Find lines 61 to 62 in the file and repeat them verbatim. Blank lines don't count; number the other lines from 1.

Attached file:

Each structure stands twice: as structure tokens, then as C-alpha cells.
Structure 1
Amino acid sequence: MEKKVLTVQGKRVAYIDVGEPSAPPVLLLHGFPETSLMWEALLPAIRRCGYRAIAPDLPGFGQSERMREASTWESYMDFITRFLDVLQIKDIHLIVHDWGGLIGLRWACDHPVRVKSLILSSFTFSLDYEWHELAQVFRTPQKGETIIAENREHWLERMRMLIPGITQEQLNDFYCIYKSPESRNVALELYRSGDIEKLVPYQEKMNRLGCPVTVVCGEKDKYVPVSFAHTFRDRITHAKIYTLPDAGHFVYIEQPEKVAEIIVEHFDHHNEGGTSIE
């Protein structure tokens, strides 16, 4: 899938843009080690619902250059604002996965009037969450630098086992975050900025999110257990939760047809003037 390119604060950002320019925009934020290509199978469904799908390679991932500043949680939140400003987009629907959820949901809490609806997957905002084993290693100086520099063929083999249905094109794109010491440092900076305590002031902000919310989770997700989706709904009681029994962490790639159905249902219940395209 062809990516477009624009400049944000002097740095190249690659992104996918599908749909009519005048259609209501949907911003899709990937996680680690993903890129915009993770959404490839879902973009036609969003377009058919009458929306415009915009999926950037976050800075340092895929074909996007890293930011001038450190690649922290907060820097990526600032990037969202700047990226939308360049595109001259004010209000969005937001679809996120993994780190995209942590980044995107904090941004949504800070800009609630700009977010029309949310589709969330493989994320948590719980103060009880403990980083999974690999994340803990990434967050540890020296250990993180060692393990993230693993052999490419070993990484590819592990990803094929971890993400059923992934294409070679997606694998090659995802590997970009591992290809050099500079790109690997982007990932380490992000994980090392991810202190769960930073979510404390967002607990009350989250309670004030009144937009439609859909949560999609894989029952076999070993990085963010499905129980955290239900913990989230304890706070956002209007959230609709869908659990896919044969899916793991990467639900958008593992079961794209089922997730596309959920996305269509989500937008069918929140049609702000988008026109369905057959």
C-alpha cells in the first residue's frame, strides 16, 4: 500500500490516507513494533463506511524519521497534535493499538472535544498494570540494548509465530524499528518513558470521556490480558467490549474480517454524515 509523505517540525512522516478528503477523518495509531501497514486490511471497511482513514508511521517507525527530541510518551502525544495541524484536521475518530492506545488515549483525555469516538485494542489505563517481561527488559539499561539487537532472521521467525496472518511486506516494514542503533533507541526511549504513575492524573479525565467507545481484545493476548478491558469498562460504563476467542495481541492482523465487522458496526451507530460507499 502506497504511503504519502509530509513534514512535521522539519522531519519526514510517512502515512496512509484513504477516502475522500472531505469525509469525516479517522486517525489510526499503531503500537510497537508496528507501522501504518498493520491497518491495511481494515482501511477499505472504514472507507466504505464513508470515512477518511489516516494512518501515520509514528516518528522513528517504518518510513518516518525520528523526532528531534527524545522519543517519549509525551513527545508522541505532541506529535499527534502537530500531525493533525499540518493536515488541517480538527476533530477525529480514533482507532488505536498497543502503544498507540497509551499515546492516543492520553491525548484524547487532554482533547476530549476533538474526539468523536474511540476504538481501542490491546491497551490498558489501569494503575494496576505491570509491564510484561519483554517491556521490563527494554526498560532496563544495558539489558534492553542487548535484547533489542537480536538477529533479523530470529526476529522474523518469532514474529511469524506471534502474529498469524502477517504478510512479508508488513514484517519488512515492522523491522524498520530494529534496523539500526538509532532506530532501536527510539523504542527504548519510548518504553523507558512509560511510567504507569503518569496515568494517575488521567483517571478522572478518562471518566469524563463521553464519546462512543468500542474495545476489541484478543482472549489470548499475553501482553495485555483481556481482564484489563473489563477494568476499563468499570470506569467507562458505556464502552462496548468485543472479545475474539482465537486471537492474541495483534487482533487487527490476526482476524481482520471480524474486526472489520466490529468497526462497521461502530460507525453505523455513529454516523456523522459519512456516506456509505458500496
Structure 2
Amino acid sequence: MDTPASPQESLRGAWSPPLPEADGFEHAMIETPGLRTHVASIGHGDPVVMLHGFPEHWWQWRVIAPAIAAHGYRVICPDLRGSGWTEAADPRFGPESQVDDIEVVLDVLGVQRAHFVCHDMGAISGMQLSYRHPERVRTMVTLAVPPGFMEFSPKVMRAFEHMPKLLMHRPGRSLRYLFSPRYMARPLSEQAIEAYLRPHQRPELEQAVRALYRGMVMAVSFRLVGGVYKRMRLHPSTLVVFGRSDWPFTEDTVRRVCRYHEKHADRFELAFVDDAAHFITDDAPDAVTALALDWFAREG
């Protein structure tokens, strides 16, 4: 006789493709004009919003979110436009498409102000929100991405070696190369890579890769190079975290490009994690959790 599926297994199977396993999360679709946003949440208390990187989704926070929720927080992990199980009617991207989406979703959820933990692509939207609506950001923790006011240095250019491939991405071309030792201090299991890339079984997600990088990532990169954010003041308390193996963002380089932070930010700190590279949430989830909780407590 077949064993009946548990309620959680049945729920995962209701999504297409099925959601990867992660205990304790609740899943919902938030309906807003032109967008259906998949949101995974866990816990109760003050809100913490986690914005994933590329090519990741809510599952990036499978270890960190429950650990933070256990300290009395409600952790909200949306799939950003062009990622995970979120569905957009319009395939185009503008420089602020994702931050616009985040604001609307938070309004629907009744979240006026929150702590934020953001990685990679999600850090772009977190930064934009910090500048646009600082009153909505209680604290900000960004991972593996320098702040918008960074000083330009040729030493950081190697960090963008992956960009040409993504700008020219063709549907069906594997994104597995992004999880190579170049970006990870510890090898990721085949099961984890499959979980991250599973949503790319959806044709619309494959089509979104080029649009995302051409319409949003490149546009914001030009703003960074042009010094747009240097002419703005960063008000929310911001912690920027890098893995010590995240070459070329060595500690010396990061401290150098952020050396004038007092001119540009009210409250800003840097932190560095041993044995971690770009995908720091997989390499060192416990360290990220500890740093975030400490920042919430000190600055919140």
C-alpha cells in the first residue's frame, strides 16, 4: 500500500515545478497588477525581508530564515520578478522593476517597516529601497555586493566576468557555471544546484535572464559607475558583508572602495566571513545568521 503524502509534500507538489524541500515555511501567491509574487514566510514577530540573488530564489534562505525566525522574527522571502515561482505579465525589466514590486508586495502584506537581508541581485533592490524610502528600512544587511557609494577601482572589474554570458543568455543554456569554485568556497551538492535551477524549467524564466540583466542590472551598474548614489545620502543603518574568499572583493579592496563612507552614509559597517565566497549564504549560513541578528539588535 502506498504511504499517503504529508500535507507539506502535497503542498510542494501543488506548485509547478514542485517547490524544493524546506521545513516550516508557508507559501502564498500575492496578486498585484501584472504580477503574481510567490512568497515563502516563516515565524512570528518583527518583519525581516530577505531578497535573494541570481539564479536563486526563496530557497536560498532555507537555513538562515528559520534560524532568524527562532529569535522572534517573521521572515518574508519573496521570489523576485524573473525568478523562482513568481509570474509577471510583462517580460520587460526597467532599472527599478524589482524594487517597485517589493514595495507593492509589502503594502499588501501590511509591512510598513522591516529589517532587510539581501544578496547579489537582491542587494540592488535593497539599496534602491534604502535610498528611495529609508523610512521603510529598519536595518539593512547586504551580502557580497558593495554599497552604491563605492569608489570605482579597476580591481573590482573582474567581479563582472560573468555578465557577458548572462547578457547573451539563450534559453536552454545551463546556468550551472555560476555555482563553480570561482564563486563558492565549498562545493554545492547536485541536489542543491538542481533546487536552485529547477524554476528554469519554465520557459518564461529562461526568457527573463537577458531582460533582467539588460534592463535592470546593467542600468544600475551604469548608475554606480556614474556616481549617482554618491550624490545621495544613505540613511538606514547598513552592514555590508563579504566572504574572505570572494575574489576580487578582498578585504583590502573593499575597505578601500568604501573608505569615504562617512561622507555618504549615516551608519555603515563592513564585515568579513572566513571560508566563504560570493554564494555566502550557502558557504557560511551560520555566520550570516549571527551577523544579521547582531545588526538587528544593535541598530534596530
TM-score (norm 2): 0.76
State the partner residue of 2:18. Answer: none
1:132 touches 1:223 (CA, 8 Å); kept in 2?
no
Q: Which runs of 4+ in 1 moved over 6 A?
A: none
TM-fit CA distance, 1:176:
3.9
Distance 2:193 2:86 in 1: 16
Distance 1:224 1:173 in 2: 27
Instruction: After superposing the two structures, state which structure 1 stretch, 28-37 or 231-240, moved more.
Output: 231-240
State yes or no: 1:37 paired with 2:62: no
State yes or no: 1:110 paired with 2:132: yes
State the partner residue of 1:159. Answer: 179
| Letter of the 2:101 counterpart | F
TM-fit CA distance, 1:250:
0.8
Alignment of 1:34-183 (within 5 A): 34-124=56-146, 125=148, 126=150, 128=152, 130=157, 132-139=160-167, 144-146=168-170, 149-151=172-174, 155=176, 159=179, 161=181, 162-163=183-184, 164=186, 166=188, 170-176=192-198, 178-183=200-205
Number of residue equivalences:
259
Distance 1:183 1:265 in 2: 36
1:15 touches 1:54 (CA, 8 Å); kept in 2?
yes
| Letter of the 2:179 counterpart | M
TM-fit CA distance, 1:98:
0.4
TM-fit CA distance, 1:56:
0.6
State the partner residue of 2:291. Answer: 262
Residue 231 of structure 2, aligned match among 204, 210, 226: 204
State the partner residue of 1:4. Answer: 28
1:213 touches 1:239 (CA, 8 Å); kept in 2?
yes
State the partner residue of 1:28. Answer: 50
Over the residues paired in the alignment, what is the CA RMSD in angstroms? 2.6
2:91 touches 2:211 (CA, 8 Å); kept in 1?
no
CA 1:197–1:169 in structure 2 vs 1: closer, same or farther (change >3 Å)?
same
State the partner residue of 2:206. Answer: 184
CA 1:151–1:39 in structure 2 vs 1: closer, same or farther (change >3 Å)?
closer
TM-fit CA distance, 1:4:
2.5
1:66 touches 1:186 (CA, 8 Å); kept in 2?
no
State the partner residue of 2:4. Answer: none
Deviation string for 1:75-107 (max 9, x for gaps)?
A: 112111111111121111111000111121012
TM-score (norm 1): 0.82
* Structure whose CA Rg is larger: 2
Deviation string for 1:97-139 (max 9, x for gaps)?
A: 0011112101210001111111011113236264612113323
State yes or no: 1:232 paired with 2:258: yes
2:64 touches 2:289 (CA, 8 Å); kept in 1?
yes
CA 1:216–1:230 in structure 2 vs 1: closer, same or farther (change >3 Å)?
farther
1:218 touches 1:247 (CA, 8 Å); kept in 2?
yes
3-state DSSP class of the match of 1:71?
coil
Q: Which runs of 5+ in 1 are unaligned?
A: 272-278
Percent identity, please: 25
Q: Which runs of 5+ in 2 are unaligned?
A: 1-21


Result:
* Structure whose CA Rg is larger: 2
Deviation string for 1:97-139 (max 9, x for gaps)?